Sandra has a problem.
Sandra and her husband Terry live in a small house down a private right-of-way. They have been there for a few years, and like the location. It is
handy to Terry’s work, and Sandra can easily catch the bus to her part-time job as a teacher aide.
The neighbouring house on the road frontage is a rental, and some months ago new tenants moved in. Although the previous occupants were pleasant and
quiet, the new tenants are not. After they had lived there for just two nights Sandra heard them screaming at each other, obviously holding a noisy
and heated domestic argument. This has now become a regular occurrence. They also take drugs, get drunk regularly, fight, have large and intimidating
gang members visiting, play deafening music until the early hours, and regularly have the police calling on them.
“So what”, Sandra asked, “Can we do about it?”
“Find out who is the landlord”, she was told, “And ask them to take action”.
The landlords, she has now discovered, are Housing New Zealand.
Sandra spoke to the property manager there and voiced her concerns.
“We can discuss the problem with those tenants” she was told, “And help them to behave better. We have an overall aim of maintaining sustainable tenancies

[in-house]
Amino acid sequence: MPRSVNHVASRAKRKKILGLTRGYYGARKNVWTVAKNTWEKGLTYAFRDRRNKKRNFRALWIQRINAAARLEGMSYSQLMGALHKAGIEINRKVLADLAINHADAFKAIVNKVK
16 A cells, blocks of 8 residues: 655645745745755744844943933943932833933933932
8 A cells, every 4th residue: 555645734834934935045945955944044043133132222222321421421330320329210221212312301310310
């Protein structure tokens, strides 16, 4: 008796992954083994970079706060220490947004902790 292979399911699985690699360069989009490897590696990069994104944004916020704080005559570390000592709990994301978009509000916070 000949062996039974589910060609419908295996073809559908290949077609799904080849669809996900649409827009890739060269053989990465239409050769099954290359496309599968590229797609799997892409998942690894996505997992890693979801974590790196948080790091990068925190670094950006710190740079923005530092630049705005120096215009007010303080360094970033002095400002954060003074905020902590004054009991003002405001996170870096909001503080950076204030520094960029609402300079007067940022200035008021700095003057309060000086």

and to help people remain in, or get back to, a state of well-being and assist them to lead happy, balanced, fulfilling lives.”
“But what about us?” asked Sandra. “If these people continue to carry on like this, will you get rid of them? They are causing havoc in the neighbourhood!”
“Like all landlords, we work under the Residential Tenancies Act,” said the manager. “There are provisions under that Act to terminate the tenancies
of people who exhibit anti-social behaviour. However, we have been instructed by the Government that we are not to use this provision, and instead,
we must work with our clients to help them live better lives”.
“While we suffer!” said Sandra.
Not content with leaving the neighbours of HNZ houses vulnerable to feral tenants like these, the Government is now considering removing the ability
for all landlords to terminate a tenancy with what they call a 90 day ‘no reason’ notice. This change would apply to both Housing New Zealand and
all private landlords.
Sandra is not a tenant. She and Terry own their own home, but they now have to put up with neighbours from hell. They could sell, but why should they
be forced out? And who would buy? So this move affects everyone – owner-occupiers, the good tenants next to the problem tenants, and landlords.
The publicity around this proposal seems to be based on some fundamental misconceptions around the powers of landlords and their behaviour.
There is actually no such thing as a ‘No Reason 90-day Termination Notice’. There is always a reason why a landlord would issue such a notice. To actually
state the reason is to give grounds for an argument and for the subsequent making of false promises about improvements in behaviour and conduct,
promises that are seldom if ever kept. Every sane landlord’s fundamental desire is to keep every rental property tenanted for each and every day
of the year. That’s the way they maximise their cashflow and thus their income. No landlord terminates a tenancy just on a whim, because they feel
like it. A days vacancy is a day’s rent they can never ever recover, and most terminations result in a week or more between tenants moving out